In this section the authors provide the standard introduction to orders of growth (big-Oh notation) and give a few simple examples of formulas and their growth orders.

#### Exercise 1.14

The tree is pretty big, so I’ll refrain from drawing it. However, it is quite clear how it goes. Obviously, the deepest path in the tree happens when the result is the sum in all pennies. So the space is O(n) for **n** that is the amount we want to change.

Figuring out the time complexity here is much more challenging, because the recursion formula is hard to solve analytically. Initially I thought it's exponential, but Thomas Morgan convinced me that it is polynomial, somewhere in the order of O(N^5). If you have a proof, please let me know.

Note that similarly to the recursive Fibonacci, there is a lot of repetitiveness – we’ll be solving the same problem over an over again in different sub-branches of the tree. Memoization can improve matters here a lot.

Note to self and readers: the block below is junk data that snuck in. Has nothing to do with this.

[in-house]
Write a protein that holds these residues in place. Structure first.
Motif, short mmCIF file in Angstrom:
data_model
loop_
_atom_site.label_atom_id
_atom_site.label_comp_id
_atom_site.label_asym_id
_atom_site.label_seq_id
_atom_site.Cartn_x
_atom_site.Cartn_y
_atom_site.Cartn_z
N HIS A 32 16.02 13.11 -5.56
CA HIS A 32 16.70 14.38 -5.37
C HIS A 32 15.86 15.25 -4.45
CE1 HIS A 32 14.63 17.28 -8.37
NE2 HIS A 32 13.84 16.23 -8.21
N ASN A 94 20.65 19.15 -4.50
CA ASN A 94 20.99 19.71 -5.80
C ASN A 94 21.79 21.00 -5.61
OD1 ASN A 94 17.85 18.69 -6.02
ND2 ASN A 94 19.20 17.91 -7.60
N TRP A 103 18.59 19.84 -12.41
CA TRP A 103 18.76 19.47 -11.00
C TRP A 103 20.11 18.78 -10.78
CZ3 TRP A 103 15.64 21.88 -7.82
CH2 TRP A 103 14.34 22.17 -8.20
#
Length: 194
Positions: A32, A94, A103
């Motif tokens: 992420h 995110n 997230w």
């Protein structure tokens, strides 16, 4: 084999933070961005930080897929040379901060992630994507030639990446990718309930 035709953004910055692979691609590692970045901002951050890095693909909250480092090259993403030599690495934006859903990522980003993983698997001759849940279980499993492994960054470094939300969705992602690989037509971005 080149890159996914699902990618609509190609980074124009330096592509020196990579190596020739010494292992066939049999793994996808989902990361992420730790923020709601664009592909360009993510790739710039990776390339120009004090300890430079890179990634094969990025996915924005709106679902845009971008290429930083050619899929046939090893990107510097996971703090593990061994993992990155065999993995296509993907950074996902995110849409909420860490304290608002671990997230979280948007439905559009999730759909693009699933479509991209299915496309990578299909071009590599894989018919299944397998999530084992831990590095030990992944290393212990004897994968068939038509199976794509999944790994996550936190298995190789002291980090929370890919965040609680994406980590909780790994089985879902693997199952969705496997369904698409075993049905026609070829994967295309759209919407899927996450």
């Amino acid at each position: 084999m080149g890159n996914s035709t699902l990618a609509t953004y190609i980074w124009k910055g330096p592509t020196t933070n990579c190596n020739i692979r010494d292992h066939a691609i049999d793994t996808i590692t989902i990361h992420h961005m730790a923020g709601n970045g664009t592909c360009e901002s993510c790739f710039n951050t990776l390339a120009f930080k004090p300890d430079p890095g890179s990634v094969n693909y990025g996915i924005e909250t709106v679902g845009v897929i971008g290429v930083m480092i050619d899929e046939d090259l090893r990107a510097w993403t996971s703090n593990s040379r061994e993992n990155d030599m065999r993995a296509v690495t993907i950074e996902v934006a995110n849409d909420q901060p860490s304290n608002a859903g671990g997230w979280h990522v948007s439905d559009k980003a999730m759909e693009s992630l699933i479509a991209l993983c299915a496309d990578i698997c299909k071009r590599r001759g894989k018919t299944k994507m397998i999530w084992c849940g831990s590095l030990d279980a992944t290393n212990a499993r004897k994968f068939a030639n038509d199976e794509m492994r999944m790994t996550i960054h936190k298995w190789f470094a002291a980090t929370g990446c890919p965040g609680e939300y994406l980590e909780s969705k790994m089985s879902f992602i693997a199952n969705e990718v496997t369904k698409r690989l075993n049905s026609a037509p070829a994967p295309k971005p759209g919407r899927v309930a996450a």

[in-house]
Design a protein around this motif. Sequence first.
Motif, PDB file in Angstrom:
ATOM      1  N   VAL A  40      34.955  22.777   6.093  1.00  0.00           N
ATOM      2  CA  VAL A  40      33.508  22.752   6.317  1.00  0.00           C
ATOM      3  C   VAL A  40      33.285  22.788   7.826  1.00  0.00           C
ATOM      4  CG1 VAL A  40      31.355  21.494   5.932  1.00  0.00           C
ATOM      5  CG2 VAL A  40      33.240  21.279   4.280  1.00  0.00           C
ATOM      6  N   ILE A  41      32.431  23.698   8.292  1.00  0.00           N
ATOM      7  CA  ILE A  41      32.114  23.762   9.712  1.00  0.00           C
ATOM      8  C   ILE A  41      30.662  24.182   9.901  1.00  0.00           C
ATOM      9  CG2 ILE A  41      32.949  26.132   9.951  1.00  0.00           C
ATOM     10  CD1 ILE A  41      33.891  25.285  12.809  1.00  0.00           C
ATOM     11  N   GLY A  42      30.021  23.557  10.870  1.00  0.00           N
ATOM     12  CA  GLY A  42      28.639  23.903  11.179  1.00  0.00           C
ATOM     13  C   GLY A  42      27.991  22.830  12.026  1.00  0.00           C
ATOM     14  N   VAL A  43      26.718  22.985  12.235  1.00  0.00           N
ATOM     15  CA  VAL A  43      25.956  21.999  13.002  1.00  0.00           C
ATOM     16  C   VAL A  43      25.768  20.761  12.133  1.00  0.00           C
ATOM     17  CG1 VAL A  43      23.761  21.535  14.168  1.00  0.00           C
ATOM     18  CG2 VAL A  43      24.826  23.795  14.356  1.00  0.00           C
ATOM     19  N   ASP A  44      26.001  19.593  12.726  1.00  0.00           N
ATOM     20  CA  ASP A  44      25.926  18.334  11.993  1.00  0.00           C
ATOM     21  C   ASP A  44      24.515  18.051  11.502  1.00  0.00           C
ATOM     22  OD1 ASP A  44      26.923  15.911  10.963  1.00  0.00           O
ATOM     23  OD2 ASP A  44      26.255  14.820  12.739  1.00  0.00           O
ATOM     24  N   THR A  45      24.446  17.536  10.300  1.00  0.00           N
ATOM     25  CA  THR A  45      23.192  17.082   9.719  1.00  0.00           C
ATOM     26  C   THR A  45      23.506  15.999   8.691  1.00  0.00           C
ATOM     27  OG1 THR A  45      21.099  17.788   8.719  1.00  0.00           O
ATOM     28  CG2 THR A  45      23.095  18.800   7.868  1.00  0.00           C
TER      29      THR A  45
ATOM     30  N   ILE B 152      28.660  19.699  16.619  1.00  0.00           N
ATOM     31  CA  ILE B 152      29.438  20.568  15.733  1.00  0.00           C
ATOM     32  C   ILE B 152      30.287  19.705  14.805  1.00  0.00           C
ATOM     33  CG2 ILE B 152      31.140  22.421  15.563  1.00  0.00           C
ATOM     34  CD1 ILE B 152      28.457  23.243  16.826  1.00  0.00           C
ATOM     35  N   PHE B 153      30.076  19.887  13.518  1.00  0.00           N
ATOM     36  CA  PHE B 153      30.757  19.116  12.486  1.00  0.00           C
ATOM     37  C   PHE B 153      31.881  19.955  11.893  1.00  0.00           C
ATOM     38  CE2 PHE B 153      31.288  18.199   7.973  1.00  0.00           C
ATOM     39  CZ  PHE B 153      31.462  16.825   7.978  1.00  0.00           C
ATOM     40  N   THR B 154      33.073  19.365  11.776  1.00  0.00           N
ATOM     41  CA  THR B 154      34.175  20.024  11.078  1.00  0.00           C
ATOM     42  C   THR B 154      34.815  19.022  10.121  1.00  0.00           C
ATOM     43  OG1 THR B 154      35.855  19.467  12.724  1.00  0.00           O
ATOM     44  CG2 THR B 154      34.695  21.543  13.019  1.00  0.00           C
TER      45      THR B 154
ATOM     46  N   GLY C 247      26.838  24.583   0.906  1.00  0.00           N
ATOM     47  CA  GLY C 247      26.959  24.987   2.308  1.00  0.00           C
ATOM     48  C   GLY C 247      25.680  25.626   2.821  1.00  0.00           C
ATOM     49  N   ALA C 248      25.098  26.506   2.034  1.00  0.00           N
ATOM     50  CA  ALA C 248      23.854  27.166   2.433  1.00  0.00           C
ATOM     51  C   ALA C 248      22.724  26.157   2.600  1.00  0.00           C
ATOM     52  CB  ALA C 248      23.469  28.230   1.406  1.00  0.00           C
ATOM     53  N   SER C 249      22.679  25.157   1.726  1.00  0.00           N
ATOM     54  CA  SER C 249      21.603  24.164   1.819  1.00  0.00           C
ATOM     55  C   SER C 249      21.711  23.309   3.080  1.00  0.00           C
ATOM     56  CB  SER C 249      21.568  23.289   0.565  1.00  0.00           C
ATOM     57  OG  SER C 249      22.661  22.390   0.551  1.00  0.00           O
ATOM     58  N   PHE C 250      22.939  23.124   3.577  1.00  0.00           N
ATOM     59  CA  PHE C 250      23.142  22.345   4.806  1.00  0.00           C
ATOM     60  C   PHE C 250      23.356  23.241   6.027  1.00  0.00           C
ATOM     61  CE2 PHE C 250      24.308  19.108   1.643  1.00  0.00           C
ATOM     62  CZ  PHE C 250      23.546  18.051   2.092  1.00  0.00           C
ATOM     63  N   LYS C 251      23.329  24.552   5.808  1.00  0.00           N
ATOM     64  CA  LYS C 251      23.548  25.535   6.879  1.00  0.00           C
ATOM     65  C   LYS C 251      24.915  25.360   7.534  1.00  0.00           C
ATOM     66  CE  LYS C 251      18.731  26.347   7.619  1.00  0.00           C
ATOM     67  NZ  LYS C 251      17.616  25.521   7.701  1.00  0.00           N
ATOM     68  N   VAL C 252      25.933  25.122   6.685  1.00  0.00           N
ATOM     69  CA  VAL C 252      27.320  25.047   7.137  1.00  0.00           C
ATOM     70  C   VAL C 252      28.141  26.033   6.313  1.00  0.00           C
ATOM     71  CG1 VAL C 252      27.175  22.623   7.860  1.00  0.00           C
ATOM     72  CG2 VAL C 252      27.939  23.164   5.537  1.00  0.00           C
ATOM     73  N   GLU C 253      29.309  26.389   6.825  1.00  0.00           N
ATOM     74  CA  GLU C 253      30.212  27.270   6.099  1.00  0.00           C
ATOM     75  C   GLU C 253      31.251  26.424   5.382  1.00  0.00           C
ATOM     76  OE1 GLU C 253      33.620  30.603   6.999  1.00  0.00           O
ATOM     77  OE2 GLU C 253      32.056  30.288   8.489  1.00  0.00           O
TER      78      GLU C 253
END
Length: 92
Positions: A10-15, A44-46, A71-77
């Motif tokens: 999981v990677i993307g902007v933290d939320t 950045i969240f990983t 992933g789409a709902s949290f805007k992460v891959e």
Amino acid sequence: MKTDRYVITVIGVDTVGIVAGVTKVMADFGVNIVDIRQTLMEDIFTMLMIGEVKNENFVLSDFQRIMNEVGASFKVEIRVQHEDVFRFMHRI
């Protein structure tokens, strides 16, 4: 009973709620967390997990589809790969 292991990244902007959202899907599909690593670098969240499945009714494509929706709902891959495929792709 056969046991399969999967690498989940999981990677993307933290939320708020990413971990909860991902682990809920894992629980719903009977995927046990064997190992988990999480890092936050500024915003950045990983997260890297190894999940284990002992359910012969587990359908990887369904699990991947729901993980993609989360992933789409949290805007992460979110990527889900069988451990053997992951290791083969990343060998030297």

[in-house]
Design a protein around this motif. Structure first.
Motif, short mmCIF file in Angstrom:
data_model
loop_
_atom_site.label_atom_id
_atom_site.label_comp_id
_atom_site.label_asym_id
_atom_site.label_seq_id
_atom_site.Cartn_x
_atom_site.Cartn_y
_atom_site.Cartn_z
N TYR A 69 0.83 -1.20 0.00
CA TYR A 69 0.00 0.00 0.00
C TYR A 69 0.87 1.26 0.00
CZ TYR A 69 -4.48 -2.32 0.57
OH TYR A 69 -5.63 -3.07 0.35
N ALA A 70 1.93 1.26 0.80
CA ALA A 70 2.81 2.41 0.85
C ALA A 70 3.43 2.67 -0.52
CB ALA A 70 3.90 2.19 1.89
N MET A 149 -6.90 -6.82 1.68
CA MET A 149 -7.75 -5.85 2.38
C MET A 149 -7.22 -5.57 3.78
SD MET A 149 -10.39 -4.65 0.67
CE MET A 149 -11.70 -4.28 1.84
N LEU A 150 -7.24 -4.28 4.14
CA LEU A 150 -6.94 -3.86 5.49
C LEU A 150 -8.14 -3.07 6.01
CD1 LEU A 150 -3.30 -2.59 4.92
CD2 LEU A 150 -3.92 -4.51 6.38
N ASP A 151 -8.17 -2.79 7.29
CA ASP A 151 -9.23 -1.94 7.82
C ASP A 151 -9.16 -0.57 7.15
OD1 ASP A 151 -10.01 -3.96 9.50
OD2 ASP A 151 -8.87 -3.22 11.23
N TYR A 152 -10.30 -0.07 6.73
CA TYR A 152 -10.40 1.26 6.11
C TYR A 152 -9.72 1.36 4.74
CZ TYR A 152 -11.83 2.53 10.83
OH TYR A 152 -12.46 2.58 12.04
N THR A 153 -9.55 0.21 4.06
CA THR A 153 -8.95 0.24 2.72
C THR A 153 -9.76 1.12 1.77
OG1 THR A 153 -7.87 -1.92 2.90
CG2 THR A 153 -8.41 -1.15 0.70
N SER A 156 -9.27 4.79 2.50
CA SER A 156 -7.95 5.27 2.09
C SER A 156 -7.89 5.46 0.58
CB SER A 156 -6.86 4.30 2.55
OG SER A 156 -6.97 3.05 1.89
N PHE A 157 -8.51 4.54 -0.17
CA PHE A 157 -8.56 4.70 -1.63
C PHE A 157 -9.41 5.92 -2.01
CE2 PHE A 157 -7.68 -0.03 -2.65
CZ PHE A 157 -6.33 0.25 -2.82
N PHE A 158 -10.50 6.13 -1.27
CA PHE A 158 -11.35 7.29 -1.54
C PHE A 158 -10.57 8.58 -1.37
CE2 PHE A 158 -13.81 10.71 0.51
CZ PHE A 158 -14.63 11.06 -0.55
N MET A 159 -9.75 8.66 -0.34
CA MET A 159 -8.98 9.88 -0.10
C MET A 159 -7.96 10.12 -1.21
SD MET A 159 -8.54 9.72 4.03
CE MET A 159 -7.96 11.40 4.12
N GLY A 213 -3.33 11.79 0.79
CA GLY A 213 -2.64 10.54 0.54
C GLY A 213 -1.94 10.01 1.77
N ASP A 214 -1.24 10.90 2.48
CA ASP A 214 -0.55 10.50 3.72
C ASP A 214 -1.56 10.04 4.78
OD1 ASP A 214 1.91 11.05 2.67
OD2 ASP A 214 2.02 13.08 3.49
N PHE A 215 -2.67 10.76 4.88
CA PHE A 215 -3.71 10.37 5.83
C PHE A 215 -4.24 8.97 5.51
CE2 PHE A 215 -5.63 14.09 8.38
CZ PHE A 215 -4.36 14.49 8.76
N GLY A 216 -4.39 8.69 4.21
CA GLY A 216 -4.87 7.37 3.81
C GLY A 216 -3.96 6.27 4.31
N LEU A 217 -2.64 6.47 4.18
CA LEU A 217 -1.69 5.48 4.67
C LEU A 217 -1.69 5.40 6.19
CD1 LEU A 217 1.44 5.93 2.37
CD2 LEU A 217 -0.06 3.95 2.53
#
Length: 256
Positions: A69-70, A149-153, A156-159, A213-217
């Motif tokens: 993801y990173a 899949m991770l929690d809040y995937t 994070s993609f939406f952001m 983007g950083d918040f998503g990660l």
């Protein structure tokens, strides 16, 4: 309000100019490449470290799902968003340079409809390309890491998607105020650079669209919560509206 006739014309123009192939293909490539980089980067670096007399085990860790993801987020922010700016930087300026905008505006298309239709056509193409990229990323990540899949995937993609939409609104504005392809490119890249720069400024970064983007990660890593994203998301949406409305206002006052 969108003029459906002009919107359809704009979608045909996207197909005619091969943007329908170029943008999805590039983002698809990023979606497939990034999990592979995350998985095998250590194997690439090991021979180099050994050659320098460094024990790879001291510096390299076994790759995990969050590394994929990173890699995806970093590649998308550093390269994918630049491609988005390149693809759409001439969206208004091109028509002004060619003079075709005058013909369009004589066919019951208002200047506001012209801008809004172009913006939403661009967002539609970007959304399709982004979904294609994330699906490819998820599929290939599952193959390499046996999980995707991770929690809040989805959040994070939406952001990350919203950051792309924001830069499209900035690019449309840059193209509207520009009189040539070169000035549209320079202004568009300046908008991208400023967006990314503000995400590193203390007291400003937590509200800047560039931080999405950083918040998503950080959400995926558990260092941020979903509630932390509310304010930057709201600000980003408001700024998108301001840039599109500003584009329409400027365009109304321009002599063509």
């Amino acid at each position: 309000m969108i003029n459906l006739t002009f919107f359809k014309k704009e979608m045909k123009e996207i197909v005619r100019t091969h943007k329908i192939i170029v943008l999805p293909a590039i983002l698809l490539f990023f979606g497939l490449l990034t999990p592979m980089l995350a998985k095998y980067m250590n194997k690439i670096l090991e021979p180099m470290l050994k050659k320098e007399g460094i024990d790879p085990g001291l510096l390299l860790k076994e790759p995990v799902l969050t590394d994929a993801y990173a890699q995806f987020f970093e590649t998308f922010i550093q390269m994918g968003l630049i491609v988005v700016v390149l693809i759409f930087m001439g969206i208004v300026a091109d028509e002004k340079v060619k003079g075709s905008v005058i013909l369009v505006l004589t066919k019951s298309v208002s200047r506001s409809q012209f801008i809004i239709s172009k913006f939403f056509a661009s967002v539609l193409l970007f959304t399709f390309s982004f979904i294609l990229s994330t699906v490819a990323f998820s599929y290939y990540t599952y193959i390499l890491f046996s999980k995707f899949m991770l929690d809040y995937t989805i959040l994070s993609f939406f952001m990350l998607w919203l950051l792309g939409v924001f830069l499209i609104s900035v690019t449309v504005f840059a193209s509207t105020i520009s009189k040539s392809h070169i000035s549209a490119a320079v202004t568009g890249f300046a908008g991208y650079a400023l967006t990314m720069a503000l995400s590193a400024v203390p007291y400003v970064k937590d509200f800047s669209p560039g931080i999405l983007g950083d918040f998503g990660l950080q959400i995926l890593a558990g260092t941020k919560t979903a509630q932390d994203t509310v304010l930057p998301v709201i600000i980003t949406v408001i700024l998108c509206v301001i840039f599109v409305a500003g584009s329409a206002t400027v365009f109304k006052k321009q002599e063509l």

#### Exercise 1.15

Here is the code rewritten in CL, along with some printing to find out how many times `p`

is called:

(defun cube (x) (* x x x)) (defun p (x) (format t "p ~f~%" x) (- (* 3 x) (* 4 (cube x)))) (defun sine (angle) (if (not (> (abs angle) 0.1)) angle (p (sine (/ angle 3.0)))))

By running `(sine 12.15)`

we can see that `p`

is called 5 times. How does the call sequence look:

(sine 12.15) (p (sine 4.05)) (p (p (sine 1.35))) (p (p (p (sine 0.45)))) (p (p (p (p (sine 0.15))))) (p (p (p (p (p (sine 0.05)))))) (p (p (p (p (p 0.05))))) ...

Clearly, `p`

is called for as long as the division of the angle by 3 stays above 0.1; therefore, the runtime of this function is logarithmic, more specifically O(log_{3}(n)). The space is logarithmic as well, because this is a linear recursion where each computation is a single recursive call (as opposed to tree recursion, where each computation splits to 2 or more calls).

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